UPDATE: The Minnesota Department of Agriculture stated that they were not at the scene when the deer were put down. The Minnesota Board of Animal Health said one of their officials came to take samples of the deer for Chronic Wasting Disease after they were put down. Test results are still pending.
WINONA, Minn. (KTTC) — Amid concerns about Chronic Wasting Disease, the city of Winona recently decided to eliminate deer at its deer park. While city maintains it’s doing the right thing, one resident is outraged over how those deer were put down.
Scott Nation and his son went out to the deer park in Winona to see the deer one last time, but their experience was not as they expected. Leading to a social media blurb and Public Works Director Keith Nelson refuting Nation’s report of what happened.
“I couldn’t believe it. I’ve never seen nothing, even on movies, that would be that…. it was like a warfare ‘let’s go get these deer’ and that was it,” said Nation.
Thursday morning, a group led by the Winona Public Works Department went to Lefty Hymes Memorial Deer Park put down the deer there.
“In recent council action, they chose to not continue the deer park, not continue it in the budget. We weren’t exactly sure when that would end, when we would be getting rid of the deer, but this morning we chose to dispatch the deer and get rid of them,” said Winona Public Works Director, Keith Nelson.
Nelson said a Minnesota State Agriculture representative and a police officer were on the scene when it happened,
“We wanted to do it in a safe way and a humane way and somewhat of a discreet way. We didn’t want to cause a big stir with doing it.”
Scott Nation and his son were fans of the deer.
“Now, I knew it was coming up, but I didn’t know how soon. We wanted to get out there and see the deer before they were gone,” said Nation. “We went to the bench and sat down by the bench over by the park and all the sudden we heard what sounded like gunfire and a bunch of deer running all over.”
Nation said they were mortified by what they saw and how the crew acted in getting rid of the deer, but Nelson says the crew involved cared about the deer.
“The staff that was involved in doing this are a crew that had been taking care of this deer herd for 20+ years, to them it was more like they were pets than anything. It was a time that they didn’t enjoy what they were doing, but they were able to put the deer down and they did so professionally,” continued Nelson.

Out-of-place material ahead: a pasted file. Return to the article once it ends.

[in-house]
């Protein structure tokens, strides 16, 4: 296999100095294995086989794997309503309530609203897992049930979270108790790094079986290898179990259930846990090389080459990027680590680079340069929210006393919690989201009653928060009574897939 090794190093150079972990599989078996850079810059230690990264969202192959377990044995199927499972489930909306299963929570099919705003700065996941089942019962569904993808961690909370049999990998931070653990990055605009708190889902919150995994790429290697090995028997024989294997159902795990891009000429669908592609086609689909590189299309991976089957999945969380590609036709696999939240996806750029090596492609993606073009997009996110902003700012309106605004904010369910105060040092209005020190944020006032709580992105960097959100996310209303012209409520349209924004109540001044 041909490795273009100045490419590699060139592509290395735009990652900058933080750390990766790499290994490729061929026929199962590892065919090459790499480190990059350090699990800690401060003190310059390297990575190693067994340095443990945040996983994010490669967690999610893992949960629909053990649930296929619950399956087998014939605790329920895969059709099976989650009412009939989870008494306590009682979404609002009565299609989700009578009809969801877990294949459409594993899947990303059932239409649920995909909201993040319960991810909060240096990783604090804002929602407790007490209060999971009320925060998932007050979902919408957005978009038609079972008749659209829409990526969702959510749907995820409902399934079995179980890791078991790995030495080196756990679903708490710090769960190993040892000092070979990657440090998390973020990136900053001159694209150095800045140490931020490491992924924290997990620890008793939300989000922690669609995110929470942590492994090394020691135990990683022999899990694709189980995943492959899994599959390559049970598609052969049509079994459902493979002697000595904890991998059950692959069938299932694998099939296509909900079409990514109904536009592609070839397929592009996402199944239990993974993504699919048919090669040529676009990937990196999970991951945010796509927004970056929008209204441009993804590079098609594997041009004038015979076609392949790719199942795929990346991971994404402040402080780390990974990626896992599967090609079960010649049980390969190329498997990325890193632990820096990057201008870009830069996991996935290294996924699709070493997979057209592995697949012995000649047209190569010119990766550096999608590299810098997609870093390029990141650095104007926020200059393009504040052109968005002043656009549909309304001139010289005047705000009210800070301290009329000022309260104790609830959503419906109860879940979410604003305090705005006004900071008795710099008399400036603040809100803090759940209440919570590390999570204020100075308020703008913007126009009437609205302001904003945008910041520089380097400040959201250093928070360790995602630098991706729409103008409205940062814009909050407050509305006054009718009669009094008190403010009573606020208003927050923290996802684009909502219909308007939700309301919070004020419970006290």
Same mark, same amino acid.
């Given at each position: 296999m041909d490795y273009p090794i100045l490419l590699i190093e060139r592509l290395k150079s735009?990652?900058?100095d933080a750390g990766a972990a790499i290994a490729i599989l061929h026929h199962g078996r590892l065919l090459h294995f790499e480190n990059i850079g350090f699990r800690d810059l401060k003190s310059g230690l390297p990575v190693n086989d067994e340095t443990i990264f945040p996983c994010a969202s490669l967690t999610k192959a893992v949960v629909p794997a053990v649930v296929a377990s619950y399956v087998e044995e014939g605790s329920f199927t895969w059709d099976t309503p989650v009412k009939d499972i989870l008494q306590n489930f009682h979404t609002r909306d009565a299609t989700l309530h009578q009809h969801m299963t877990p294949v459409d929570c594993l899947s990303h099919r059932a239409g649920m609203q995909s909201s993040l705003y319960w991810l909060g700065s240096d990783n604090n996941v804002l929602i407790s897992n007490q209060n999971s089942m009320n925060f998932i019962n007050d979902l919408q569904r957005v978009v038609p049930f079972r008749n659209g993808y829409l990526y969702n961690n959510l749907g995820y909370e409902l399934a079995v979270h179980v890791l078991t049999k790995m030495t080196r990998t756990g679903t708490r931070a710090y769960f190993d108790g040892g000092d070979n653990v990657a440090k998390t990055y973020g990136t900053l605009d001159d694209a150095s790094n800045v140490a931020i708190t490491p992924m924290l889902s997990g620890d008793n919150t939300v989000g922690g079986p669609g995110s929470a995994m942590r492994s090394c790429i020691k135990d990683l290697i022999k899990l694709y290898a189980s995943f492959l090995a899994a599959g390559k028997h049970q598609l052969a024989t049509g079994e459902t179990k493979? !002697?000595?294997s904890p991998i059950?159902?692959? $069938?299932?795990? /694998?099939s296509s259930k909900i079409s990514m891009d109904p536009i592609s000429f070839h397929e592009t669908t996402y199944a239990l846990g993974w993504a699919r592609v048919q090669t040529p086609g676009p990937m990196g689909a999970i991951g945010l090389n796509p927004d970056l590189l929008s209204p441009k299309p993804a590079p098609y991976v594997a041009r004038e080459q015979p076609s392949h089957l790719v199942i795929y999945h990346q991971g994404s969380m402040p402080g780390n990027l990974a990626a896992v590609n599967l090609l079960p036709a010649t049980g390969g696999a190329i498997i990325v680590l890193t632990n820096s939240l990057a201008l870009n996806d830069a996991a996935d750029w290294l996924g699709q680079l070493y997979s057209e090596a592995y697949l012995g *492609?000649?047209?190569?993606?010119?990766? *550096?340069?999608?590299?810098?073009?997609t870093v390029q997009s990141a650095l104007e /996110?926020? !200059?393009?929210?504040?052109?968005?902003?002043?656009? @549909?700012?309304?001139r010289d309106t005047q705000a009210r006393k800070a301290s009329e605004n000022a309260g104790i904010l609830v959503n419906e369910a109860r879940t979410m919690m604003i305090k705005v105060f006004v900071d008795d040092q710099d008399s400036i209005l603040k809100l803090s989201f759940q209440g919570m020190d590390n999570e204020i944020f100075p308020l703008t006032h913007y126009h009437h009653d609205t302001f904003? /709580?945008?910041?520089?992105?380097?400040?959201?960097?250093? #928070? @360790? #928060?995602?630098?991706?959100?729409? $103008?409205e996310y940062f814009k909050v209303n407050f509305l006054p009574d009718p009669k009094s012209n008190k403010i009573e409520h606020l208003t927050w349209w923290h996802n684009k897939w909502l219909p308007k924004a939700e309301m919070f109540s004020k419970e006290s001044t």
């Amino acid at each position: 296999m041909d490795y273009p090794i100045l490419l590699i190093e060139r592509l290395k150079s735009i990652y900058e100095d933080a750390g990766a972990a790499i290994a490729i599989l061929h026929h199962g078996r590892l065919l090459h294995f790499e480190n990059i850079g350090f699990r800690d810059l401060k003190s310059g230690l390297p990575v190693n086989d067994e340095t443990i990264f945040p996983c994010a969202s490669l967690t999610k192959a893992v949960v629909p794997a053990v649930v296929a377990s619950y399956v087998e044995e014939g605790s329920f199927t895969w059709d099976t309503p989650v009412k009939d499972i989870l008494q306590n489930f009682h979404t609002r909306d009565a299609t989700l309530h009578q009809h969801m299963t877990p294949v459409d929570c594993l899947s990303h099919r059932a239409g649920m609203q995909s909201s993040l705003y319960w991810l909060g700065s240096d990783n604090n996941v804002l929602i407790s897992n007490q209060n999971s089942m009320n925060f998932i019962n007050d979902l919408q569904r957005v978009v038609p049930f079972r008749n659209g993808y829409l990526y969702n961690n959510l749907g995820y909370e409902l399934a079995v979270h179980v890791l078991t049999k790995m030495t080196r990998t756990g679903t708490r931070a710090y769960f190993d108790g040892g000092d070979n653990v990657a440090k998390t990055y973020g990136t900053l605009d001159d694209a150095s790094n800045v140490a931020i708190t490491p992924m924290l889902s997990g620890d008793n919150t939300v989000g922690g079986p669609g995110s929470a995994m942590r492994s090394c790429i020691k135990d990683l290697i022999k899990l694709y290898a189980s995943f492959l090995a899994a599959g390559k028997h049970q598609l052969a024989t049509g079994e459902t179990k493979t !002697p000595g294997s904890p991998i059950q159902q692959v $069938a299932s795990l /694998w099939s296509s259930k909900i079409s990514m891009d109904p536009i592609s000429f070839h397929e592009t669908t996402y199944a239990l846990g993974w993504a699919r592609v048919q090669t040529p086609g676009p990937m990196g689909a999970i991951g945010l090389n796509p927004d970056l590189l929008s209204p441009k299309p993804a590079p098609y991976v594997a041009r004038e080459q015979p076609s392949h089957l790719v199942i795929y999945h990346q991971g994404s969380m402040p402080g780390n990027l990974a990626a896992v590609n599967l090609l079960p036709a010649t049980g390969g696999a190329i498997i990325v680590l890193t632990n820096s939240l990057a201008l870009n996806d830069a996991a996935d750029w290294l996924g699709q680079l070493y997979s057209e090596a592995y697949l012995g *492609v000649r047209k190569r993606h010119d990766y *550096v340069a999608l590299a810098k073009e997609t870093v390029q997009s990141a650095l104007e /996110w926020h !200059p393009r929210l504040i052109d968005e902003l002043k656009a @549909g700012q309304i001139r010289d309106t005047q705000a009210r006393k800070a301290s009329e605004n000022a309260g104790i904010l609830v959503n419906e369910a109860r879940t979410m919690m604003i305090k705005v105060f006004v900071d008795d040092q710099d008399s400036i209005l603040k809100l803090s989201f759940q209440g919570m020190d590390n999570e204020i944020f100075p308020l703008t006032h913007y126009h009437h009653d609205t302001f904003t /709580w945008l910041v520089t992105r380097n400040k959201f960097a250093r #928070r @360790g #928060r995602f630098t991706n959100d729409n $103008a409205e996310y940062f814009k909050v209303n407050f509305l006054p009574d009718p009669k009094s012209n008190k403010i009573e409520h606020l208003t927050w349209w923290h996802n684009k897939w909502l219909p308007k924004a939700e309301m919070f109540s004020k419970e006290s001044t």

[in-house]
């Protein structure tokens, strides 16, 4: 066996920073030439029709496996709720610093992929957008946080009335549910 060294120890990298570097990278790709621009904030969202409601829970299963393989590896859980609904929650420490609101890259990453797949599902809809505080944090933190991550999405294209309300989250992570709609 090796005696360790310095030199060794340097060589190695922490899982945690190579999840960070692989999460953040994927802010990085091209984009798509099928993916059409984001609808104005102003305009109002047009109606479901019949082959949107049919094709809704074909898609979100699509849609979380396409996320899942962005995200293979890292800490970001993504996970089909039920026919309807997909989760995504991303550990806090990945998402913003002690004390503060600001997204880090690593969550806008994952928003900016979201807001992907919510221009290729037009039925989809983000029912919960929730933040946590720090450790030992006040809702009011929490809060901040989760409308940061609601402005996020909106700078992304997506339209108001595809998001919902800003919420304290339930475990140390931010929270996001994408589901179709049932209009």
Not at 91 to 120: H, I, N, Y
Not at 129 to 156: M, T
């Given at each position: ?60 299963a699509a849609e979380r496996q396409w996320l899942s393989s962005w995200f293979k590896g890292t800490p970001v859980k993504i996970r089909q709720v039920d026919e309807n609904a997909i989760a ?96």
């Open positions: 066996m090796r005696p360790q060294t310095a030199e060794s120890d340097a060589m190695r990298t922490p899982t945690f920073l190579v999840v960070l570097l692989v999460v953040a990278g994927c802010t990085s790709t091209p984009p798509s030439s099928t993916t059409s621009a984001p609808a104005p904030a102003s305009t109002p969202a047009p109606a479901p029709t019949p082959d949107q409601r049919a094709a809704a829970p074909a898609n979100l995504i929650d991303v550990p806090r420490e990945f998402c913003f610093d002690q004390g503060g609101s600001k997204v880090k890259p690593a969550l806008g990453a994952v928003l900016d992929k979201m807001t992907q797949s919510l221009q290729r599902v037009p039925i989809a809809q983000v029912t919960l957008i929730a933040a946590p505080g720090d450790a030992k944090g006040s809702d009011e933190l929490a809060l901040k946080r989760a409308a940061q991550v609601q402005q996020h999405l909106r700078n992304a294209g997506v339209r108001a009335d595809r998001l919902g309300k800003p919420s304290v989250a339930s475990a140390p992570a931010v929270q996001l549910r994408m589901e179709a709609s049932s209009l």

“I talked to him earlier, I actually called him, and I asked him about this and he told me it’s a third party, nobody involved with the deer, they hire a company to come in,” explained Nation.
I asked Nation if he saw the police out there. He replied, “Nope, I didn’t see no police out there, nobody, just us and them.”
I then asked Nation if he saw anybody from the Department of Agriculture out there. He said “Nope, there was just three plain trucks out there, nothing marked.”
I asked Nelson for clarification on who was at the site with them. Nelson said, “From the department of agriculture.”
Nation says according to information he read, they were not supposed to shoot the deer when euthanizing them.
Nelson said after they shot the deer, they buried them properly, as they were instructed by the Agricultural Department representative.
Nation says that was upsetting as well, because of the way it was handled,
“They went down and just dumped the deer out and put wood chips over the top of them and left them.”
Nation posted his displeasure about his experience on Facebook, which stirred up a lot of reaction online.
“There was an individual that remained on site, from the public that watched it. I’m not sure why they didn’t leave, but that person did post some things that I thought were inappropriate,” said Nelson.
Nation could take take the matter to court.
“I told him right out on the phone, ‘if you don’t get something done and get it done right, I am going to go further, I’m gonna seek legal counsel.’ I want something done with the city the way they handled this. They were never supposed to shoot them and they never had barricades, they did it all the wrong way and they lied about everything they were gonna do with those deer,” explained Nation.
When my photographer and I went to the dog park, we did find the wood chips and what appeared to be deer carcasses burred underneath.
I reached out to the Minnesota DNR about whether that was a proper way to dispose of the deer, but the official I spoke with said they didn’t have enough information to comment at this time.